Wednesday, 30 January 2013

written flash fiction

I have a confession to make: for the last four years I’ve been asking my short story students at City to write stories of exactly 100 words (“drabbles”) as an exercise, yet I rarely write flash fiction (under 1000 words) myself. I’ve published nearly 40 short stories since starting to write prose fiction, and only four have been 1000 words or less. And given that the next Liars' League is a flash fiction special, I've been reading an awful lot of flash recently (60 stories, to be precise).

A youthful and toothsome Drabble
I am, as anyone who’s read some of the other blog posts on here (average length 1000-2000 words) will know, naturally prolix. Brevity doesn’t come easily to me. If I’m going to sit down and write something, I usually want to spend a good few hours on it: I want to explore the setting, the character and the narrative arc at my leisure. I want, in short, to write without limits – especially word limits. I’m sure some of you know what I mean. Putting a bunch of words on a page has never been a problem for me – but the right words (and only the right words) in the right order, now that’s the challenge …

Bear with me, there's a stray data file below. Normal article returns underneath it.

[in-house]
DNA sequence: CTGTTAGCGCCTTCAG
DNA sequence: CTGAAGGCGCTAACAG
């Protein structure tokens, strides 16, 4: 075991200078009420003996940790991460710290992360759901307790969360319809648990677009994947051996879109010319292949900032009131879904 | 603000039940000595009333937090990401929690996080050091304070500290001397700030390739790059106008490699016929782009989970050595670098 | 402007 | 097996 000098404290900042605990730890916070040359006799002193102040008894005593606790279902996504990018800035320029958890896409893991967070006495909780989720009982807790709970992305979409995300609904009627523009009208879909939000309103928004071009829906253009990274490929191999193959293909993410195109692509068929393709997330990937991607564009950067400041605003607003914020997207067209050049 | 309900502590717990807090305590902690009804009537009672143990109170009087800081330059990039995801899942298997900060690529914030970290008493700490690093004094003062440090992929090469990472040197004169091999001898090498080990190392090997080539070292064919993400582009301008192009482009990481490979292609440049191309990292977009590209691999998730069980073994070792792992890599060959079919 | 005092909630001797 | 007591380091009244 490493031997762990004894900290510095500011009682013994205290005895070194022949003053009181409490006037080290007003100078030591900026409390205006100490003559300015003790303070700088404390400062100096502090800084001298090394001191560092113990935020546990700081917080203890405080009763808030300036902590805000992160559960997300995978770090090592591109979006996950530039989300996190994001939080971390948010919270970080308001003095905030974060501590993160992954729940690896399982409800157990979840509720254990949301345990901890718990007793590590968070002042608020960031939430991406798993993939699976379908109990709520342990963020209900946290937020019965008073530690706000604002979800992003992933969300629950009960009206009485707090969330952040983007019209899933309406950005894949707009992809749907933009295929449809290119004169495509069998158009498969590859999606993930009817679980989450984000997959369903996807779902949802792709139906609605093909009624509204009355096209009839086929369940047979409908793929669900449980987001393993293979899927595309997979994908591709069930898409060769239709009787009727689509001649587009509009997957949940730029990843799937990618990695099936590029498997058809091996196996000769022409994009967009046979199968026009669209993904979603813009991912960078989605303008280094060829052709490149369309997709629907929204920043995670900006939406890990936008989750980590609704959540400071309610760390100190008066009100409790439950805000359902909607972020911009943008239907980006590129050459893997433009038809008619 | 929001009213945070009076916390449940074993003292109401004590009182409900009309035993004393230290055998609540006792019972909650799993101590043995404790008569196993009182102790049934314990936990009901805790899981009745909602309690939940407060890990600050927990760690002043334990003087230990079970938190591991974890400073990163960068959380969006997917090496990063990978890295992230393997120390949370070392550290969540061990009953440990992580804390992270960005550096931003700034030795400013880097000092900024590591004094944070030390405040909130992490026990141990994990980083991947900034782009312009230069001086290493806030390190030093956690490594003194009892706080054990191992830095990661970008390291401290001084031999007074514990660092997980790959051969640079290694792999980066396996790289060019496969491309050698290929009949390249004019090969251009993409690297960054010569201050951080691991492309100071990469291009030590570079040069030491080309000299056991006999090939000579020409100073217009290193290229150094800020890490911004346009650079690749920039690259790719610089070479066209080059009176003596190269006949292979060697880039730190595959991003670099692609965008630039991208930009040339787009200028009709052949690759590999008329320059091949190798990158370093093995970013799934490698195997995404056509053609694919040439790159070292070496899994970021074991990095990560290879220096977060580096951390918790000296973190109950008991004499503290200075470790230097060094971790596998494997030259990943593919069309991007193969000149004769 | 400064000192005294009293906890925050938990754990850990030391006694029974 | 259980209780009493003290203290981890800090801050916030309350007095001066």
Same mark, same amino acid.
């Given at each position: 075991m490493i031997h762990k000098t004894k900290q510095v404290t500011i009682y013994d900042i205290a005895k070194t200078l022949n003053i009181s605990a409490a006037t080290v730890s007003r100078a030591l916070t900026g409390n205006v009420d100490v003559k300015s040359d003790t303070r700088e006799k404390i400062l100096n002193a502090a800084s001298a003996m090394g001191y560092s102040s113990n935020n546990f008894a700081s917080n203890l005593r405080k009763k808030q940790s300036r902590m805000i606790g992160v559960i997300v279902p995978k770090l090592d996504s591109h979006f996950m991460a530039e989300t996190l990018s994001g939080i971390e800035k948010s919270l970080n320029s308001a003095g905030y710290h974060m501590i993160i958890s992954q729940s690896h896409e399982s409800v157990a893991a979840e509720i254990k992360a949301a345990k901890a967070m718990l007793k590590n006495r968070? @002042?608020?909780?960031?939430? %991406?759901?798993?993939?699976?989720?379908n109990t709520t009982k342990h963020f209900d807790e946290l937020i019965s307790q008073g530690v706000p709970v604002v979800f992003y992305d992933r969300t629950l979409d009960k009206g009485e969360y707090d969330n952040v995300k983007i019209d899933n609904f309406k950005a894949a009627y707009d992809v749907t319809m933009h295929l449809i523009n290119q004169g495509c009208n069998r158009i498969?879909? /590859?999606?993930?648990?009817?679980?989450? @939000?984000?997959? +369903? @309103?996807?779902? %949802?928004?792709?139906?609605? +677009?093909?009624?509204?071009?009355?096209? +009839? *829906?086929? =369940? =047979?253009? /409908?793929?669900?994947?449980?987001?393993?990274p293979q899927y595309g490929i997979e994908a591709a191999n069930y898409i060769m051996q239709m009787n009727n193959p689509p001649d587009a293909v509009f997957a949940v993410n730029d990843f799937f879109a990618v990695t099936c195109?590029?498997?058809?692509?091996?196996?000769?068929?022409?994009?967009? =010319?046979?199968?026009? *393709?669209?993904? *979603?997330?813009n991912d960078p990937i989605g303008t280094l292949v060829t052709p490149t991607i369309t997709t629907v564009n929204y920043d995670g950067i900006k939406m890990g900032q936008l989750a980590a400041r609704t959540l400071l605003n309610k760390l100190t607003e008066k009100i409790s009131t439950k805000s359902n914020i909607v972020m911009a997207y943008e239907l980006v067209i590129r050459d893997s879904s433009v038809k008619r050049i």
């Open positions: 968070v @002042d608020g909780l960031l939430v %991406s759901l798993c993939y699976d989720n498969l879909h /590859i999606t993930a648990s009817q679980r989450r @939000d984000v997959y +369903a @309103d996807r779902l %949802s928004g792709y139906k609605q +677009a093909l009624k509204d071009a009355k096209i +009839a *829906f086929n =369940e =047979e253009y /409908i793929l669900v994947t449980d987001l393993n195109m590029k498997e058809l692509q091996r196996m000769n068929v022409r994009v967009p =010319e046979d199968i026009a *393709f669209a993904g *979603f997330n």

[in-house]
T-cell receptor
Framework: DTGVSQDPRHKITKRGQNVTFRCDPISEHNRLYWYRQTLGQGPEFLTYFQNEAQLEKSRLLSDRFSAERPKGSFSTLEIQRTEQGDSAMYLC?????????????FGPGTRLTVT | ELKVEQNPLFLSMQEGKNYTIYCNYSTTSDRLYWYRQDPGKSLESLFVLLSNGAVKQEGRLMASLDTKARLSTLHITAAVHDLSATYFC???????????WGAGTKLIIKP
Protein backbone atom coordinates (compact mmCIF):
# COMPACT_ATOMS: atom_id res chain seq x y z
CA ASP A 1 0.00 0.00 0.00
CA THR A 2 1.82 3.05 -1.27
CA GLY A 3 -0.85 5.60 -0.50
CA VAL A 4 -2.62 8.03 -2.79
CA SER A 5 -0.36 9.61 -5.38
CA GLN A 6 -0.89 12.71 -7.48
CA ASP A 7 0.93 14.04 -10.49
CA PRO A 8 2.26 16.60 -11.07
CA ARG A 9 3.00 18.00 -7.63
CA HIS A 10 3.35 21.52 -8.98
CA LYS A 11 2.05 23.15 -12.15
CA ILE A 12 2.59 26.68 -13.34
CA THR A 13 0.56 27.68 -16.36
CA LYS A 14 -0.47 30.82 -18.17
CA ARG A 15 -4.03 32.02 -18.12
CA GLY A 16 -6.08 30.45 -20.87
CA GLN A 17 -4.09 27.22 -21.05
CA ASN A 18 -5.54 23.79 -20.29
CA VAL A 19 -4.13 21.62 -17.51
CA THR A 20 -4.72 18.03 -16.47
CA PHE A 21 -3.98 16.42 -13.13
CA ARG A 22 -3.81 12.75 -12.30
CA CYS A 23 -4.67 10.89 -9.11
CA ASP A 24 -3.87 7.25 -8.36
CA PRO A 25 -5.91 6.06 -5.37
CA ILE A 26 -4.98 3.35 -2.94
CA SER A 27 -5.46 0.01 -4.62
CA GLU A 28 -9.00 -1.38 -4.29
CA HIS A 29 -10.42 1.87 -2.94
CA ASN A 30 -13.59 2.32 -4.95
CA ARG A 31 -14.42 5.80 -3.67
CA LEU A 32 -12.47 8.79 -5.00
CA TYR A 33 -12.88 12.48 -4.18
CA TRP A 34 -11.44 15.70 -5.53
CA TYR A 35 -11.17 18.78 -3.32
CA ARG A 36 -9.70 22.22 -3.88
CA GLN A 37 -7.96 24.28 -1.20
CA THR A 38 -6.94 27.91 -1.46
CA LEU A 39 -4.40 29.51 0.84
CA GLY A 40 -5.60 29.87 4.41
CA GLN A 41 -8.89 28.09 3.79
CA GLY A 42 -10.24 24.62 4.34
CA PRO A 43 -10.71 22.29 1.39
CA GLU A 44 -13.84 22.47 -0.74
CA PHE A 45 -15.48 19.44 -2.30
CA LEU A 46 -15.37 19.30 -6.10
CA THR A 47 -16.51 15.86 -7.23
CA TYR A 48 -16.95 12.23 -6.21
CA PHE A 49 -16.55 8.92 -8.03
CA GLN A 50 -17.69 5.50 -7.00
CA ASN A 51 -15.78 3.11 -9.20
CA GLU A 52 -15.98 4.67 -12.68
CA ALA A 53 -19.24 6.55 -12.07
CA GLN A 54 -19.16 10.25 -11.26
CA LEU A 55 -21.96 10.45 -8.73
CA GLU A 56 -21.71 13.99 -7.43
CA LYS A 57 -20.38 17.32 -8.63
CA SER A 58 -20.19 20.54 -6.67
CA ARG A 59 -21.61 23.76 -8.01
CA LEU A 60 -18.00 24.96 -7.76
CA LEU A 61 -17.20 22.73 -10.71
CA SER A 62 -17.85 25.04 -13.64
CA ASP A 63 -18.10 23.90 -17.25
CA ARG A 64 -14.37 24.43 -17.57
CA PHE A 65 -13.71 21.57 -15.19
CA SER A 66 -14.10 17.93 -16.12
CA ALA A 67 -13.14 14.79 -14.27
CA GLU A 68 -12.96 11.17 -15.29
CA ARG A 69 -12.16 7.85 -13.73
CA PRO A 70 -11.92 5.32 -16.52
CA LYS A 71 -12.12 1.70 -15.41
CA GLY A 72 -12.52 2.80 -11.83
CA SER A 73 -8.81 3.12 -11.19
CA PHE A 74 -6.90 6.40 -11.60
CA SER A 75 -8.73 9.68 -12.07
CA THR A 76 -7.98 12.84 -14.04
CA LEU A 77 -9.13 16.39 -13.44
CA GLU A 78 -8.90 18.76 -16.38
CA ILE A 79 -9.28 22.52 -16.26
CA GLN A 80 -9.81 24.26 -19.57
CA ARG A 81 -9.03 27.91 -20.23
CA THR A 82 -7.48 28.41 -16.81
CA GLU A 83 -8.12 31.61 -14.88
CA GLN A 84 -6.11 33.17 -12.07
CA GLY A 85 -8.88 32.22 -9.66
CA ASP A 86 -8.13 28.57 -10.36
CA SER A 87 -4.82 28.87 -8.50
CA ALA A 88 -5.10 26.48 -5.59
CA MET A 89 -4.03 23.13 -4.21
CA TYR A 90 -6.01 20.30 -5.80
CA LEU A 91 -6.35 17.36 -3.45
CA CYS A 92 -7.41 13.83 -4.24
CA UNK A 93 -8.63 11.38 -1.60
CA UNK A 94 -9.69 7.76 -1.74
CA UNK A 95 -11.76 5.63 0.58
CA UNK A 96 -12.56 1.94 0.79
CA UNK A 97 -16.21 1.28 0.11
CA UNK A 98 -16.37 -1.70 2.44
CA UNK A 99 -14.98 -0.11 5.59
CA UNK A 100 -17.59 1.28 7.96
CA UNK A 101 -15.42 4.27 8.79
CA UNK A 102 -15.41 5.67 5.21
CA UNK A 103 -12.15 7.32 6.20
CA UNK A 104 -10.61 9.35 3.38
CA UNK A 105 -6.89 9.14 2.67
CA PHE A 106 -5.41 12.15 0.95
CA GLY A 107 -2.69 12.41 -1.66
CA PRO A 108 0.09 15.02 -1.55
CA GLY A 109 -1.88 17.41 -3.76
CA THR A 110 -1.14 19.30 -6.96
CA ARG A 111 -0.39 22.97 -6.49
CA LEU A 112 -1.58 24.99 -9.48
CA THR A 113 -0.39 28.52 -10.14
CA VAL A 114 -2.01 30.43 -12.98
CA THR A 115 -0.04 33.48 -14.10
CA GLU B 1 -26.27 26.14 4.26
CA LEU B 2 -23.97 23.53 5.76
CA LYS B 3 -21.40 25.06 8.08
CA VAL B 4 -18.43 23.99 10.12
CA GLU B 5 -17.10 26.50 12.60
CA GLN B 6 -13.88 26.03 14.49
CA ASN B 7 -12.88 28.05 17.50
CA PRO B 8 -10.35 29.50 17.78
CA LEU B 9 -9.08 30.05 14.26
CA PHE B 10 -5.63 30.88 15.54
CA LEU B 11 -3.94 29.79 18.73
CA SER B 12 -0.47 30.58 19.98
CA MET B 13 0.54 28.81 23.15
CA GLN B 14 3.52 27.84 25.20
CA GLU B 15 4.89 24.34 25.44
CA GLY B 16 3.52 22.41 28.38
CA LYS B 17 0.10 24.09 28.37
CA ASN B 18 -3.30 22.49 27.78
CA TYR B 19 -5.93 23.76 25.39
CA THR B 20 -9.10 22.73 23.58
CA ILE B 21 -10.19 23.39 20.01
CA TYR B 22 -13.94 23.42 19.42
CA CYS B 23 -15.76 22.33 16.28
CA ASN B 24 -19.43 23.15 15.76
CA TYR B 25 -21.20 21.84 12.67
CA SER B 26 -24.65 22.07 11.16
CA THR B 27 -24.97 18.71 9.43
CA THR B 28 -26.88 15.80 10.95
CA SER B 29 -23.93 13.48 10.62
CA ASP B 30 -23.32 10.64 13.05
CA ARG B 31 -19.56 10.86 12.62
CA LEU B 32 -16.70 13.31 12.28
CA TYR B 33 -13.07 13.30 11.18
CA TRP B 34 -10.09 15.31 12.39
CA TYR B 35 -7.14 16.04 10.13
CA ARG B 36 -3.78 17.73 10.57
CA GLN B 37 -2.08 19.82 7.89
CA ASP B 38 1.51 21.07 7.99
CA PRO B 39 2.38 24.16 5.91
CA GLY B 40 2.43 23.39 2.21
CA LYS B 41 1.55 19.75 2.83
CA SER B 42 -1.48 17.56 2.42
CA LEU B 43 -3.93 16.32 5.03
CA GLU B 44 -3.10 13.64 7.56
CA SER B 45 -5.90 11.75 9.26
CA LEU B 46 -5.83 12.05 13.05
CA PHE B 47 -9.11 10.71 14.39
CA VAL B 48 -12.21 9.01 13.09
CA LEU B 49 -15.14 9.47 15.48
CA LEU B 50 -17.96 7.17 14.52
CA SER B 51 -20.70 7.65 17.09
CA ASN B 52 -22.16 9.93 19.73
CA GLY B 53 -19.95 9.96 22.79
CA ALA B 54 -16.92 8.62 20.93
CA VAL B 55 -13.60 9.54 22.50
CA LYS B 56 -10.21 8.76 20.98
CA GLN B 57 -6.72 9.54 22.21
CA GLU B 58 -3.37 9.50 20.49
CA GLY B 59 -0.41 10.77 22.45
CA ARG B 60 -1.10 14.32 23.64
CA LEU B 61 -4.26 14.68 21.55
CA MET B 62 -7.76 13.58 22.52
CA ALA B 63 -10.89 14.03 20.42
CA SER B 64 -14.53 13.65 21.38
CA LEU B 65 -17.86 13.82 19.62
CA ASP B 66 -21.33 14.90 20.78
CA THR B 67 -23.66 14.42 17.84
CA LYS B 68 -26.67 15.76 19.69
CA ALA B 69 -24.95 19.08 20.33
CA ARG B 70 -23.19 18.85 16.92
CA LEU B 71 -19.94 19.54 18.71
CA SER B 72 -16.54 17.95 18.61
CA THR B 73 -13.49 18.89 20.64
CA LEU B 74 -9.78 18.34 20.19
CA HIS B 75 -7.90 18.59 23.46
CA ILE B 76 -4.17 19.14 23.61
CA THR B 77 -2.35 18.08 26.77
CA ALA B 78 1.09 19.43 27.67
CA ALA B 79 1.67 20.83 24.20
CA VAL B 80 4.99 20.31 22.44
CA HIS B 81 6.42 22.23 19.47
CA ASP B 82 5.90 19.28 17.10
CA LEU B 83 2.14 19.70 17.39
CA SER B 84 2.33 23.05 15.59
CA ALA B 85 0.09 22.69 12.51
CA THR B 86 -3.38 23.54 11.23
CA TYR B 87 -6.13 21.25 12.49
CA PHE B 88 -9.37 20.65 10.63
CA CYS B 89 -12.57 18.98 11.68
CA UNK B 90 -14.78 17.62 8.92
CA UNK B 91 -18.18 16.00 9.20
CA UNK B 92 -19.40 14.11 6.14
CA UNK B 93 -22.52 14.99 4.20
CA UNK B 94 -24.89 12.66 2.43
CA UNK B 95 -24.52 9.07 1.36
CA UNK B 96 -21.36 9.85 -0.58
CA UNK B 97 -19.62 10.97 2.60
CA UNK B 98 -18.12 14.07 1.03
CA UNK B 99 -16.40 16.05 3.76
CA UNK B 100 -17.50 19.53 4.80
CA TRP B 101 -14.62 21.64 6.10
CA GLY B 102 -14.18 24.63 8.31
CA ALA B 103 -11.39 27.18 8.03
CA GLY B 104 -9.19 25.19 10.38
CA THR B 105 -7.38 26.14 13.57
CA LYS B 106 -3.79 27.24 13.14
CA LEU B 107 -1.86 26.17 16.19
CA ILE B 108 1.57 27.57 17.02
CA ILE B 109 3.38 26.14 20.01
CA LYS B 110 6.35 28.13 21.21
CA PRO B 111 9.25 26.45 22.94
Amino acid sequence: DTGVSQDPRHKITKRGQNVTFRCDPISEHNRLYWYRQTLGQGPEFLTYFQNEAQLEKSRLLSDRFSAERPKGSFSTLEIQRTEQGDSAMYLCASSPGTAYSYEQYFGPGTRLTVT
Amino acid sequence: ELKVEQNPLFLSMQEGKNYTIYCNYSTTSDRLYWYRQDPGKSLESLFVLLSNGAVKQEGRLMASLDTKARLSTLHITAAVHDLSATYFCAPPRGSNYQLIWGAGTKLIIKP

So last year, when I was asked to teach a Flash Fiction workshop at a university open day, I knew had to get some practice in – reading and writing it. Luckily I had to hand Sawn Off Tales by David Gaffney and Tania Hershman’s collection The White Road (both are especially noted as authors of shorter fiction).